What do Sid Vicious, Bella Abzug, Auntie Mame, John and Yoko, and the widow of the mysteriously disappeared Judge Crater have in common?
Sounds like the start of a bad joke. In fact, it’s a roster of some of the celebrated residents of Bank Street, a small slice of the West Village that in many ways embodies the intimacy and rich sense of history that often define New York’s short thoroughfares.
Probably few people are better placed to tell its story than Donna Florio. Call her the bard of Bank Street. A onetime child opera singer whose career includes writing television scripts and travel articles, she lives in the century-old walk-up (elegant brownstone facade, lowly tenement layout) of No. 63, near West Fourth Street. Her parents moved there in 1955, just months before her birth, and except for interludes abroad she has spent her entire life at that address, which for a time was also home to her grandmother.
A woman with a deep curiosity — some might say nosiness — about other people’s lives, Ms. Florio has been interviewing her colorful neighbors for two decades. Her book-length history of the street and its people, a chatty ramble exploring the back story of an often rough and raffish part of town, is making the rounds of literary agents. In the process of completing the manuscript, she has been thinking a great deal about New York’s street life and what makes certain blocks especially vibrant.
“I want people to understand what it was like to grow up here,” said Ms. Florio, a rail-thin nonstop talker who is so moved by some of her neighbors’ stories that she often tears up as she recounts them. “The street took me in, opened doors and taught me about life. It’s really the story of New York, the story of America. You talk to your neighbors, and you realize that everyone has something to say. That helps you connect.”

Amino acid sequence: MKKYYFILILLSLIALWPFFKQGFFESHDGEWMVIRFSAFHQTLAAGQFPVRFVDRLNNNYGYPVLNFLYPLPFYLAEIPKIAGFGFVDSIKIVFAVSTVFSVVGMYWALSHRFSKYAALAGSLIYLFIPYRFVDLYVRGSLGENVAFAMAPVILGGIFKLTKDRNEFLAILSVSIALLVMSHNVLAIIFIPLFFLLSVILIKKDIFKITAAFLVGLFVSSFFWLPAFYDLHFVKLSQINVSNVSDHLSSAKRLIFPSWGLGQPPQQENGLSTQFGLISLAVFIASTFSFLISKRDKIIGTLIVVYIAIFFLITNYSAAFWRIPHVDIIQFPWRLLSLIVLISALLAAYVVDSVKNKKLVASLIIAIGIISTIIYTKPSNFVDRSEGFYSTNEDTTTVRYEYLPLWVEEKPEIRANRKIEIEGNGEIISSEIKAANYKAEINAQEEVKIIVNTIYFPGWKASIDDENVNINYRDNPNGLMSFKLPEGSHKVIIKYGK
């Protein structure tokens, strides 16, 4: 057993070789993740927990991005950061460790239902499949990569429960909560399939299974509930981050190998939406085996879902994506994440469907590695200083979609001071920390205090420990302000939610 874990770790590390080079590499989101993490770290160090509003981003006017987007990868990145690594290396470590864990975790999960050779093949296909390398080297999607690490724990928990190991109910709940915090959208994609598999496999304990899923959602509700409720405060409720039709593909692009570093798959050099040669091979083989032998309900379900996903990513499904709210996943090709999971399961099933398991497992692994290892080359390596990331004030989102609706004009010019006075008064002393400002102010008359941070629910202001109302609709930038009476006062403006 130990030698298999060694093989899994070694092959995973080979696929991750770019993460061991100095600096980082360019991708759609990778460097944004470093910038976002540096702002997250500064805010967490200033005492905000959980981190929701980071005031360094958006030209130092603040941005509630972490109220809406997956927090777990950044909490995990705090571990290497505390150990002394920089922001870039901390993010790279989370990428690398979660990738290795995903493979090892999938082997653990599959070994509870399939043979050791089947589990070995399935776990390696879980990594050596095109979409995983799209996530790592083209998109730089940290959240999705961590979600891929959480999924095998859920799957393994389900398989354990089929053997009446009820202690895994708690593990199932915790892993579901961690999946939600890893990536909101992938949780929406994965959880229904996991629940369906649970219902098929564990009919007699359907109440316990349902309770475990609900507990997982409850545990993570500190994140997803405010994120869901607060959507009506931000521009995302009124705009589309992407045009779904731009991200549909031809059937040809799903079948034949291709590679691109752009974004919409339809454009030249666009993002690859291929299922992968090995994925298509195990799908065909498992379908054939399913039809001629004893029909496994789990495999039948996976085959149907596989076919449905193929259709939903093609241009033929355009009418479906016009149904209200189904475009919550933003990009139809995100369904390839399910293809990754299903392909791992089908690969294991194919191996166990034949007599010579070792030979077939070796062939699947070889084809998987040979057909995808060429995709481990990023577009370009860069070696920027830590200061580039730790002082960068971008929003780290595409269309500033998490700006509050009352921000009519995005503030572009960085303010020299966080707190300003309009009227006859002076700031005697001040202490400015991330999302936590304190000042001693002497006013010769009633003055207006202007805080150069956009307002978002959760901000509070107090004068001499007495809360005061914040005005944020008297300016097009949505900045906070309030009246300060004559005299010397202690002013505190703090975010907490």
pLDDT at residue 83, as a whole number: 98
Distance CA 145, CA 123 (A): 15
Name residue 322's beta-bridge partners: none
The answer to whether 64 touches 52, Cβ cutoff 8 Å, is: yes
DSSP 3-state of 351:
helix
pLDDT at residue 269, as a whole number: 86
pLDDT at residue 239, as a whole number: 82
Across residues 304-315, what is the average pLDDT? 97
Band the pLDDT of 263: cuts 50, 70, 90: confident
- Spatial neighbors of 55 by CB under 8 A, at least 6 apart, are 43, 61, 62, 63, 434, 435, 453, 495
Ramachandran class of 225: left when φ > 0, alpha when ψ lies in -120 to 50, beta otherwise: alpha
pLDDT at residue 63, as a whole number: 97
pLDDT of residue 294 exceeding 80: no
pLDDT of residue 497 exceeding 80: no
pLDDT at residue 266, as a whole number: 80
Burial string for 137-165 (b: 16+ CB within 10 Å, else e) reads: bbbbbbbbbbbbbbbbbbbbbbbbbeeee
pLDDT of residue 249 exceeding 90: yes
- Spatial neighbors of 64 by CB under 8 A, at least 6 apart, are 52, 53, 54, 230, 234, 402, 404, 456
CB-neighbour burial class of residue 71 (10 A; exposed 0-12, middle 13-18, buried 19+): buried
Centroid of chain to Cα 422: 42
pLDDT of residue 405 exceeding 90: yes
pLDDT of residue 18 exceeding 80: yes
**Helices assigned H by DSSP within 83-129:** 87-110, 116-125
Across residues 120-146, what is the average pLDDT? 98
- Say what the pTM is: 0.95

Bank Street, a six-block stretch that runs from Greenwich Avenue west to the Hudson River, is lined with brownstones and red brick townhouses. In the early 20th century, dockworkers and prostitutes populated its western edge. The mid-20th century brought muggings and later, the scourge of AIDS. During Ms. Florio’s childhood, the street could be tough and dangerous, but it was always welcoming, largely because the residents knew and watched out for one another.
“Bank Street is the quintessential Jane Jacobs Greenwich Village block, the quintessential urban street,” said Roberta Brandes Gratz, the author of “The Battle for Gotham: New York in the Shadow of Robert Moses and Jane Jacobs” (Nation Books, 2010). “When Jane wrote, she used her nearby block, Hudson, as a window into the rhythm of an urban street, a street representing multiple income levels, professions and generations. This sort of street made it easy to be friendly with your neighbors.
“And she wasn’t talking just about Greenwich Village,” Ms. Gratz said. “She was talking about the sort of urban street that has been bulldozed out of existence in many New York neighborhoods.”
Many New York streets are beloved by their residents and have rich pasts. But few have been home to such a broad assortment of boldface names that thread themselves so intensely through the city’s social, economic, cultural and political history. To stroll along Bank Street with Ms. Florio is to receive a whirlwind history of a block where she is such a familiar face, every third person she passes waves a greeting.
Probably the most dramatic event on Bank Street took place on her own doorstep. Ms. Florio was living in her grandmother’s ground-floor apartment, and Sid Vicious, the Sex Pistols bassist, had moved into a girlfriend’s apartment across the hall. The morning of Feb. 2, 1979, as Ms. Florio was leaving the building, she was greeted with exploding flashbulbs and reporters shoving microphones in her face. The singer had died of a heroin overdose after a party in the girlfriend’s apartment the previous night. He had just been released on bail in the stabbing murder of another girlfriend, Nancy Spungen, and reporters were demanding to know if Ms. Florio had been at the party. She hadn’t, but her reaction can be seen on YouTube.